Friday, August 24, 2018

The Places of Our Happiest Memories

Folks - After a little more than a year off from serious writing, I've started book number 3 (4 if you count the Novella with Old NFO's anthology).  It's going to be a look back on my flying days, not specifics of my career just the mindset and philosophy of flight in its varried forms and some of the both scary and esoteric experiences I had aloft.

Chapter 1 - The Places of Our Happiest Memories From "Compass Course" by L.B. Johnson

That Monday morning began with a distant rumble of thunder.  My husband was already up for work, I had a day off and just snuggled down under the covers while Abby snoozed on the futon  As the sky darkened I heard the click click click of her toenails on the hardwood floor.  She was headed into the narrow but deep closet where she hides when it storms.  I gathered myself up to go watch the sky, sharing something with the nature of that rumbling.  Such storms have accompanied me on so many nights out in the field, their power lighting the sky, laying bare all risks and renunciations, as I work in the echo of someones last whisper.

The storm rolled through fairly quickly and with more than a little rain. This has been quite the year for rain, setting a fifty-some year record.  The damage on the drives home each weekend was explicit - whole farm fields submerged, others dotted with large pages of dead vegetation that succumbed to days and days of standing water, The flat land was ridged and rutted with the marks of the centuries, the land passed over with wagons and guns, tears and tribulations.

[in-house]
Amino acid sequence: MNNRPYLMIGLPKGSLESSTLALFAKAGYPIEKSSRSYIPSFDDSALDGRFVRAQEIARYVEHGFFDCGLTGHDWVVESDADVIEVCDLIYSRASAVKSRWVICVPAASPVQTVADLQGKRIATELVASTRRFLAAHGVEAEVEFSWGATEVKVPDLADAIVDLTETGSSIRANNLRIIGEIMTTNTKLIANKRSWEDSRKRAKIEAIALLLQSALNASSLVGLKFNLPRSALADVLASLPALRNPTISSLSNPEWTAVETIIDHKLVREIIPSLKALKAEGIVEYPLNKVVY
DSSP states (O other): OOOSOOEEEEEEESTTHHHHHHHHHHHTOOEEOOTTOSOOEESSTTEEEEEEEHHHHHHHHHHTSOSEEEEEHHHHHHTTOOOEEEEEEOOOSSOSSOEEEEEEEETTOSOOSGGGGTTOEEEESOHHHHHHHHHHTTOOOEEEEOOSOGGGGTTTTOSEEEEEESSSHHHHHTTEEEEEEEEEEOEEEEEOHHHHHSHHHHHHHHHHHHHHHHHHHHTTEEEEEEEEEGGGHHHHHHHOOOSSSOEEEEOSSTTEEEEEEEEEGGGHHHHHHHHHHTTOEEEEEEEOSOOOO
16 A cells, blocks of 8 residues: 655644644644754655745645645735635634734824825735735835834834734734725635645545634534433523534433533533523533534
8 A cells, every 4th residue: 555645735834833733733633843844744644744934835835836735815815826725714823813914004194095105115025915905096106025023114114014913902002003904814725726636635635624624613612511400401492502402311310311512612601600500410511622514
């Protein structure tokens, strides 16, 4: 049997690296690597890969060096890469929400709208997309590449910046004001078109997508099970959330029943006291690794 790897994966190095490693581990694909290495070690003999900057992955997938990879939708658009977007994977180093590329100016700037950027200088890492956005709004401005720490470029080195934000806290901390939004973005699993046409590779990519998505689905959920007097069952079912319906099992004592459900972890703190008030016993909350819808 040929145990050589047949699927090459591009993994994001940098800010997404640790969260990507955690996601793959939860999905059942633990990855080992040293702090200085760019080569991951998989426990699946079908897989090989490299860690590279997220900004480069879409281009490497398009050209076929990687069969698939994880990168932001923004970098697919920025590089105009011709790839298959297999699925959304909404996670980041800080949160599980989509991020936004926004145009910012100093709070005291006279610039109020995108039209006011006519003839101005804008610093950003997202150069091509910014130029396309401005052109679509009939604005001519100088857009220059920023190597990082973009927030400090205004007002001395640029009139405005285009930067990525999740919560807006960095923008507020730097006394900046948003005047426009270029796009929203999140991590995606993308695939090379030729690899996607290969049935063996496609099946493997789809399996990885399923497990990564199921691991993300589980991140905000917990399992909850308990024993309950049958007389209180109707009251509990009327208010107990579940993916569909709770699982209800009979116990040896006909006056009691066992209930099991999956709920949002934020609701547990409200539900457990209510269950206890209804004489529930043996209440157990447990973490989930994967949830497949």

That Monday I rose with the day and the sound of the rain and stepped out onto the porch to looked at the sky. The sun had come up in the east, the horizon gleaming as if lit by a candle within, my form only a solitary sentry who forever challenges it.

It was only a few years ago, we had a drought, the corn dying across the landscape. There is no pattern to it, no predictability beyond a farmer's almanac and the scattering of bones across the ground. I remember one hot day in that summer - a small farmhouse - an interview to be conducted. The woman that answered the door knew why I was there, even as she looked past me as if hoping I'd disappear. I'm supposed to say "I'm sorry for your loss". But I could not. I simply stood there as she grabbed onto me as if a lifeline, breaking into tears. She couldn't have been much more than 100 pounds and felt like a bundle of sticks against my muscled form as she cried - sticks that had weathered so much, for so many years, only to be tossed onto a fire, for which I could offer no healing rain.